If I have succeeded, and the audience are engrossed in the story, they will be totally unaware of the mountain of work behind this shot. Art which conceals art.
The camera original shot with the actress’s right index finger in front of the crystal ball
The intermediate composite, with the actress’s finger cut off by the overlay of the lightening in the crystal ball
The final composite shot with the lightening within the crystal ball and the actress’s finger in front of the crystal ball with a subtle reflection of the electrical energy on her finger!
Kōkā’s curse sets the tone for Amiri’s Child
Early feedback from film festival judges on the final cut of Amiri & Aroha is proving overwhelmingly positive, particularly for the powerful new opening sequence, which sees Kōkā appear like a mirage out of the Rere falls, with a montage of images in the fiery cauldron of her crystal ball.
Amiri’s Child needs an equally compelling opening to draw audiences back into the story. As I want the films to be stand alone works in their own right, my challenge now is to create a compelling sequence that will both recapture audiences who have seen Amiri & Aroha and engage film goers new to the trilogy.
The dramatic beginning of Amiri’s Child sees a disheveled Kōkā emerge from the mists of Rere, desperately searching for her crystal ball, which has escaped her clutches in its quest to return to the waters of Rere and break Kōkā’s mystic curse.
Kōkā is reunited with her precious crystal ball: “My soul, my conscience, my heart!”
Today we caught up with Chris Mills, who plays Koriata, Arapeta’s arch rival.
Chris gave Koriata a powerful presence in Amiri’s Child in a David and Goliath setting with Arapeta. The name Koriata is Māori for Goliath and had immense significance in the film. If Amiri & Aroha was a Maori take on Romeo & Juliet, then Amiri’s Child is a Maori David & Goliath.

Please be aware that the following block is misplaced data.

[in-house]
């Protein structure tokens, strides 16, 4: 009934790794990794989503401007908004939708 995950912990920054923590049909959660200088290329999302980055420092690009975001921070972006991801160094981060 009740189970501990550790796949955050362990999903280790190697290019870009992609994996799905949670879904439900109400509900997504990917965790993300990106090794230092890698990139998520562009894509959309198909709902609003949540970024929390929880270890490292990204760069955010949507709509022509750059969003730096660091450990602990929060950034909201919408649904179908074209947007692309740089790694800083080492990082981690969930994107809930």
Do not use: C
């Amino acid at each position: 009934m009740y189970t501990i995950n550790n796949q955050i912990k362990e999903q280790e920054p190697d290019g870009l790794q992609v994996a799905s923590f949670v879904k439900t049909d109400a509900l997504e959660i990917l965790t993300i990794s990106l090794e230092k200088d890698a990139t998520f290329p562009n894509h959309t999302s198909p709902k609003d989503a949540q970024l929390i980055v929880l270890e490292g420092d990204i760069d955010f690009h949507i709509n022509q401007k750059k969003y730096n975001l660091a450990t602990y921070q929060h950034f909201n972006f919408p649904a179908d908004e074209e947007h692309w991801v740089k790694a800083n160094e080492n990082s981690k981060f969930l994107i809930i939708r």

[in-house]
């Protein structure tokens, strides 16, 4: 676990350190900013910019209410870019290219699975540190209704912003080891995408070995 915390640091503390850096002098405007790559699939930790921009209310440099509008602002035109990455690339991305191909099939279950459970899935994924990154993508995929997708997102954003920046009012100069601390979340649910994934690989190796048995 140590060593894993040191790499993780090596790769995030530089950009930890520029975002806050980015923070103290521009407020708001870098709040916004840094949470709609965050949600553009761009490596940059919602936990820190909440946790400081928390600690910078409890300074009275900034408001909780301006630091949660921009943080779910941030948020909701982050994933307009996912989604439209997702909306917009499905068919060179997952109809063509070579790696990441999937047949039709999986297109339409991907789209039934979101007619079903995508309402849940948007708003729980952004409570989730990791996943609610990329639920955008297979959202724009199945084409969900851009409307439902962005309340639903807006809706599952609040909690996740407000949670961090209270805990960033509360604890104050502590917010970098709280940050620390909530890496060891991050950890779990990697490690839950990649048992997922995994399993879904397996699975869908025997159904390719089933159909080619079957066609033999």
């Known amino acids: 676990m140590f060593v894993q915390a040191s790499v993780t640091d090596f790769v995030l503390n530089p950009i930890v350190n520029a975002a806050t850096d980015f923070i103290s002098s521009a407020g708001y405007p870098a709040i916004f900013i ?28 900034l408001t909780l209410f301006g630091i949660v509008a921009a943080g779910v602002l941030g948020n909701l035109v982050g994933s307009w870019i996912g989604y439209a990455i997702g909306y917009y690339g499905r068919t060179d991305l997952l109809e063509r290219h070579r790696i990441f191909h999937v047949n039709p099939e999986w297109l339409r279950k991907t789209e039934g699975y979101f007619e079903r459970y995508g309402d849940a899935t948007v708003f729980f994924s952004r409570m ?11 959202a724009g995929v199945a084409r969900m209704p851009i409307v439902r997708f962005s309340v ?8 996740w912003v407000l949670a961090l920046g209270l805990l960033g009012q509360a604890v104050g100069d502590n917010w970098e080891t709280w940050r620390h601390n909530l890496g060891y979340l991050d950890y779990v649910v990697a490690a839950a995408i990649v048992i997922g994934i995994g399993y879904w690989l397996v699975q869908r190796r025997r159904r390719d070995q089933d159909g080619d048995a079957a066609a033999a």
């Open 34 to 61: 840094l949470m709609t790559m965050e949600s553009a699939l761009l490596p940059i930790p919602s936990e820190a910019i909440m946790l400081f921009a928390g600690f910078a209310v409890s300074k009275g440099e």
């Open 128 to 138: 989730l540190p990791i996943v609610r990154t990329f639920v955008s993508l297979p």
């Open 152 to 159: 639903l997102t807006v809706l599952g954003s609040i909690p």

I have developed Koriata into the lead character in the third film of the trilogy, which has the working title of Koriata’s Way. Koriata is chief executive of Jensen Industries, a leader in hydro electric power, but he has been put there by the gang as their puppet. When Koriata wants to start a new life away from the gang, then there’s trouble. Add in a romance with Miriama, Arapeta’s estranged wife, and the scene is set for some explosive drama!
We did a short interview with Chris today for our forthcoming IndieGoGO campaign for the third film.
I am really looking forward to working with Chris again on Koriata’s Way.
Today we shot some tense scenes between Arapeta (Shane Luke) and Miriama (Ebony Tuhaka) in the aftermath of the wedding and Amiri’s return. Arapeta has been disgraced by the revelations and suspicion of his involvement with his father’s increasingly bizarre behaviour. Both Shane and Ebony delivered powerful performances with palpable friction between the characters.
Ebony Tuhaka in a green screen shot for the teaser at the end of Amiri’s Child.
Arapeta is shocked to learn that Miriama has replaced him as chief executive of South Pacific Power and in this teaser scene she informs the board that she will be leading the company in a very different direction.
Shooting the perfect happy ending for Amiri & Aroha at the Rere Falls. Not quite the ending we filmed a couple of days ago with Aroha’s Revenge!
Insurance is an important consideration for a film maker. Shooting films with the complexity of the Amiri & Aroha trilogy, I can understand why the studios pay such huge sums of money for completion bonds. So much can go wrong and sabotage the production!
Today I did a little bit of insurance of my own. Just in case we are unable to complete the third film in the trilogy, I shot the perfect ending that I could use to conclude an extended version of Amiri’s Child and release the two films as companion pieces.
We all know that nothing is quite as it seems in the Amiri & Aroha Trilogy. How will the trilogy end? I promise you a thrilling climax!
Amiri and Aroha on the run.